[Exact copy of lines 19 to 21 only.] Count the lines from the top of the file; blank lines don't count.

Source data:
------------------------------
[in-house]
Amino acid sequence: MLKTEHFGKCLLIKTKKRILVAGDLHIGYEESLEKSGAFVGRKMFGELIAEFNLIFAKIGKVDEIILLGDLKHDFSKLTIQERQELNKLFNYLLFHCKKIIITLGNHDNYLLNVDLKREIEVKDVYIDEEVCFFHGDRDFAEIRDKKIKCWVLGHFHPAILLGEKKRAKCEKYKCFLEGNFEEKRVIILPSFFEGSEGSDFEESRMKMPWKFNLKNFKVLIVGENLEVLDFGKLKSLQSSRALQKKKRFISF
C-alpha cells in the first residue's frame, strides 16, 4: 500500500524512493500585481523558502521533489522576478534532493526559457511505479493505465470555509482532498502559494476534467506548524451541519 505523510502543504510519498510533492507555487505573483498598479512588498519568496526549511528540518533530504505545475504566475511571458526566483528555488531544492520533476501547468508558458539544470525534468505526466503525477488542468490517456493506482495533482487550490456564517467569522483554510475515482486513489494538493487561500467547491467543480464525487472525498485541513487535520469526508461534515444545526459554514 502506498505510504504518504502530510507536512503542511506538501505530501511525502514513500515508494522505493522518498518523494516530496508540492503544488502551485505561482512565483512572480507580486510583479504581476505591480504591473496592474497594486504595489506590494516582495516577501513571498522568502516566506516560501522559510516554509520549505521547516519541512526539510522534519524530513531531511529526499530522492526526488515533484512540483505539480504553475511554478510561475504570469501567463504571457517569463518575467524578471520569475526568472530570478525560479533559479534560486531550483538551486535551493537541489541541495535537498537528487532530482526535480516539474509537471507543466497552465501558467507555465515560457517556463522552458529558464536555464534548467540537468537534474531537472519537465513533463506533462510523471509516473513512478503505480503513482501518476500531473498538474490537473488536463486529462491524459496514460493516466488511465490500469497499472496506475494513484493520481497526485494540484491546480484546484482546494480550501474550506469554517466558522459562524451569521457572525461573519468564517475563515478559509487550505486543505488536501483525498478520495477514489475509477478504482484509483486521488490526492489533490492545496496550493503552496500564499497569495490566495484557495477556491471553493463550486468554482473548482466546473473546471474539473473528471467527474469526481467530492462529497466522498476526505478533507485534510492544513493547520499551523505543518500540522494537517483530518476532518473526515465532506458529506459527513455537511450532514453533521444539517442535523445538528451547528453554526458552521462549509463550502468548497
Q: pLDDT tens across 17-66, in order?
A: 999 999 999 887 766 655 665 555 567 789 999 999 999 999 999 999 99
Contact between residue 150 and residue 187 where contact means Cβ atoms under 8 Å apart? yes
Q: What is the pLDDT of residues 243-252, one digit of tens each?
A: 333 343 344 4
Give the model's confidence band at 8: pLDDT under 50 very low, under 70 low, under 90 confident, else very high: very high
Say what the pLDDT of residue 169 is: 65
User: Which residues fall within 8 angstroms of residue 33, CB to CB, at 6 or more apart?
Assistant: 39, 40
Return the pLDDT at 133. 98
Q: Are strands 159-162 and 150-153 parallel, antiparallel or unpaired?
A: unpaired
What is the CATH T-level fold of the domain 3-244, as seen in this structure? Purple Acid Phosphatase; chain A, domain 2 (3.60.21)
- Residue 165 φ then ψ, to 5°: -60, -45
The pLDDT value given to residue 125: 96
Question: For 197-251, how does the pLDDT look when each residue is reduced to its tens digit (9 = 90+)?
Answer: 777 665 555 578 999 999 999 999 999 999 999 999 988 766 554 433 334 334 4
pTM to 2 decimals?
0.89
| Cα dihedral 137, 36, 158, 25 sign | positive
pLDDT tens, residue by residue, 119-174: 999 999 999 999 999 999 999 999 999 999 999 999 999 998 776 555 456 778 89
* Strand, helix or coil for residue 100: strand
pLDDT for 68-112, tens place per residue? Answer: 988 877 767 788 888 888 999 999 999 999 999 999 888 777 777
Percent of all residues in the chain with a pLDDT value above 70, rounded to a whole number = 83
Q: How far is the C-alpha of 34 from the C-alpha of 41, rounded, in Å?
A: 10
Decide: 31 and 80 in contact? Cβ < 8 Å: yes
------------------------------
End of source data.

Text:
Question: For 197-251, how does the pLDDT look when each residue is reduced to its tens digit (9 = 90+)?
Answer: 777 665 555 578 999 999 999 999 999 999 999 999 988 766 554 433 334 334 4
pTM to 2 decimals?